Container technology brings about a compute model that has been long been sought after, the ability to allow for agile application development and portability across heterogeneous environments while allowing development and operations teams to align in ways never before possible. Well, that’s the promise for now at least.

The industry backing by the likes of Google, Red Hat, Intel, IBM, VMWare, to name a few, clearly shows strength and staying power of containerized apps for years to come. Google, in fact, has been using container technology since long before the buzz. Docker has helped containers cross over to the mainstream where developers can now extract value easier and faster.

But in reality, container technology has also brought about new challenges that have made deploying in production a near-impossible task. The new compute paradigm, which forces existing infrastructures to be replatformed in most cases, is creating a shift in IT thinking. While a bare-metal to virtualization transition proved a substantial density-added value and fairly easy migration, containers are different. Today, new projects make up the majority of deployments while the migration of existing infrastructure continues to lag way behind.

DockerHub, the largest container repository out there today, has seen close to 1B downloads so far. Spanning operating systems, databases, web services and many other technologies, the sheer download volume alone can intimidate anyone trying to deploy in mission-critical environments (think Linux circa 2000). With the understanding that new features are being added at an unprecedented pace, just keeping up with the latest ones is hard enough, let alone the most stable features.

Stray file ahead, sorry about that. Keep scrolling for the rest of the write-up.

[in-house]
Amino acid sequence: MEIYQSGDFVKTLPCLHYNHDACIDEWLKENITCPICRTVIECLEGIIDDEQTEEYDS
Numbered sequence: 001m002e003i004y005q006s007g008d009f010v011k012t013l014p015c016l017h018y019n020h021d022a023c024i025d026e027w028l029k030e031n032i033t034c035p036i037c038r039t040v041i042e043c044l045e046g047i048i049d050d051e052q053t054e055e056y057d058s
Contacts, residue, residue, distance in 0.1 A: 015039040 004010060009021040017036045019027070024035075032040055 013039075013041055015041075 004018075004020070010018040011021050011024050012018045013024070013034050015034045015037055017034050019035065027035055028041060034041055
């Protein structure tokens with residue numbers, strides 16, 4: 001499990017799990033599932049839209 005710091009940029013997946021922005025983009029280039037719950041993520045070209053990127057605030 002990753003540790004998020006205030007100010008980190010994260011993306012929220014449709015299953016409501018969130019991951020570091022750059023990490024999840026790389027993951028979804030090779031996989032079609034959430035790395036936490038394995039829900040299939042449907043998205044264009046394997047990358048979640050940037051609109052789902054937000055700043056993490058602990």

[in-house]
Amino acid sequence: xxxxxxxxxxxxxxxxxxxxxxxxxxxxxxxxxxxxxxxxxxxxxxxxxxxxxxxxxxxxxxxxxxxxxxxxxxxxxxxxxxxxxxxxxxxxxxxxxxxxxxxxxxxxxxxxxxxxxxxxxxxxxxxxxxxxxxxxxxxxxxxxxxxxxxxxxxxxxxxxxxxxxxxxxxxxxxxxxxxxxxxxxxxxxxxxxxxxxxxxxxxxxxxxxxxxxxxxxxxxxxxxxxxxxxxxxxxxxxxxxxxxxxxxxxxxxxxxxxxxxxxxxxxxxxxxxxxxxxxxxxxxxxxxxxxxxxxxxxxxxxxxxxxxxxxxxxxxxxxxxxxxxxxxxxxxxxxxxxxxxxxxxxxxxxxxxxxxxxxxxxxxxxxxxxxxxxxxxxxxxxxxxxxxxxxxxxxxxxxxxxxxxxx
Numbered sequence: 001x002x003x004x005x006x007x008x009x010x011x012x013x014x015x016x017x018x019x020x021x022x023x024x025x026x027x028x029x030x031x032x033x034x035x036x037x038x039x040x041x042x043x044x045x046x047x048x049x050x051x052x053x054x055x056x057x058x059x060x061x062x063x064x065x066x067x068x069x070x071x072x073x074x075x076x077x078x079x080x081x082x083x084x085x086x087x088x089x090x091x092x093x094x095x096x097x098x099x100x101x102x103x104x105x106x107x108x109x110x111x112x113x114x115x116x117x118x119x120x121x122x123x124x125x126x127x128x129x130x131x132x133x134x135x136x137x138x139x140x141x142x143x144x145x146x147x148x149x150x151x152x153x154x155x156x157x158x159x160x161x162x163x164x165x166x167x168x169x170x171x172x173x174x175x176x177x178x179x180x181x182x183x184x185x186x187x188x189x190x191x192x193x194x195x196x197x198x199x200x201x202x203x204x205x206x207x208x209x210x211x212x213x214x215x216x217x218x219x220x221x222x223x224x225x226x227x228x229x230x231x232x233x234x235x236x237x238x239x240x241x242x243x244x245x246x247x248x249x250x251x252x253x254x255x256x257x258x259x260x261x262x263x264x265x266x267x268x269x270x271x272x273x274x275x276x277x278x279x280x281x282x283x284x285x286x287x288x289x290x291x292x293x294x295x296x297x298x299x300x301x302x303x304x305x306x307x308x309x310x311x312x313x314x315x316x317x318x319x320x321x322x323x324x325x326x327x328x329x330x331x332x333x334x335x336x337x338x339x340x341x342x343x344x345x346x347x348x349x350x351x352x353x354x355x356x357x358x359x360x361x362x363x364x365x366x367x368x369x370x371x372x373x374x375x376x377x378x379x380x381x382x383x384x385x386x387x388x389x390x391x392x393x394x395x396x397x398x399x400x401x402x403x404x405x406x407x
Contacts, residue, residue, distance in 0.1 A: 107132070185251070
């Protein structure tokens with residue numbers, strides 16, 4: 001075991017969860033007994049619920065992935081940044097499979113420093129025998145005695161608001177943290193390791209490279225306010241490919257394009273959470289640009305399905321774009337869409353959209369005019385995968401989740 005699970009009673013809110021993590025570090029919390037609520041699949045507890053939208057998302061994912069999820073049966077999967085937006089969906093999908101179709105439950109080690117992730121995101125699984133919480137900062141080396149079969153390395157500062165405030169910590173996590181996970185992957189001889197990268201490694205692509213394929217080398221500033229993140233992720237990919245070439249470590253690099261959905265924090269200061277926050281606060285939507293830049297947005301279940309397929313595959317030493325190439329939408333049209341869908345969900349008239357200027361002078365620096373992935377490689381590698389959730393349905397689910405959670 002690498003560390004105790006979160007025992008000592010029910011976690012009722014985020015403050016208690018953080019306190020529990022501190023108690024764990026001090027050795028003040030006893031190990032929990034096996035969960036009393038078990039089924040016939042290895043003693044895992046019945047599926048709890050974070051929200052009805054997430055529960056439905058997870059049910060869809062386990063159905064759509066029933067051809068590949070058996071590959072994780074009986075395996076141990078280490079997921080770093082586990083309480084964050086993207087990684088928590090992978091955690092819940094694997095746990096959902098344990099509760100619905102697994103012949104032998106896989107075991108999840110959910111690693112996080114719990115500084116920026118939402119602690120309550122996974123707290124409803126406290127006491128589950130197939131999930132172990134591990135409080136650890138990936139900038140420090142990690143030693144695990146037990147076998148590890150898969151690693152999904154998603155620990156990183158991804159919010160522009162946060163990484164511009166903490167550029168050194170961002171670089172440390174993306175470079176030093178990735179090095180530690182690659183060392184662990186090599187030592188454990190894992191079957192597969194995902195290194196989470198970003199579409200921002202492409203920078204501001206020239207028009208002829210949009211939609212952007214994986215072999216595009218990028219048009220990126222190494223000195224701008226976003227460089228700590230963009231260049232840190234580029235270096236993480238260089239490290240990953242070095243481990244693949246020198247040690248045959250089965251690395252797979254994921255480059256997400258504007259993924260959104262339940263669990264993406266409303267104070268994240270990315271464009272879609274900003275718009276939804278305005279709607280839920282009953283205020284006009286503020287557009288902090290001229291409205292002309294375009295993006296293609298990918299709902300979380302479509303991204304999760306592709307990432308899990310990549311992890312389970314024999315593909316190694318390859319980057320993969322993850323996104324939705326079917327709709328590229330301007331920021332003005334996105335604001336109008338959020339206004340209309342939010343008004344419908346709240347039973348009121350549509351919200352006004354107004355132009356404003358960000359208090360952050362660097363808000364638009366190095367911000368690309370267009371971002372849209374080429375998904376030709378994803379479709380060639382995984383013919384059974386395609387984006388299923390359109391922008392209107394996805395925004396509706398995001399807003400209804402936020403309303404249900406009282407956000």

Having spoken to hundreds of users over the past year, it is clear to us now that transparency and predictability are key to bridging this gap for future production deployments of containers. A billion downloads do not necessarily equate to a stable platform and could instead point to an enormous amount of potential risk. For peace of mind, users today that need a stable platform tend to pivot towards creating their own repositories as a way to mitigate the risk. These repositories will most likely become stale over time while the baseline source continues to evolve and mature. This proves, once again, that the agility of app development and deployment using containers clearly overcomes the need to keep up with the latest and greatest technology in the public repositories.

This is where Anchore comes in. Our goal is to connect these lines by creating a model of transparency and predictability, that allows users, whether in development, operations or security, to all have the tools necessary to effectively capitalize on the container compute model.

Anchore is a tool that allows everyone to not only pick a collection of container-based apps that clearly show the origin and entire history but also apps that have been vetted for security, vulnerability, and functionality completeness. A set of containers that have been “Anchore certified” through collaboration with both internal and community users and tagged as production-ready. Allowing users to not only have stable repository but one that includes the most up-to-date container functionally, security checks, and bug fixes.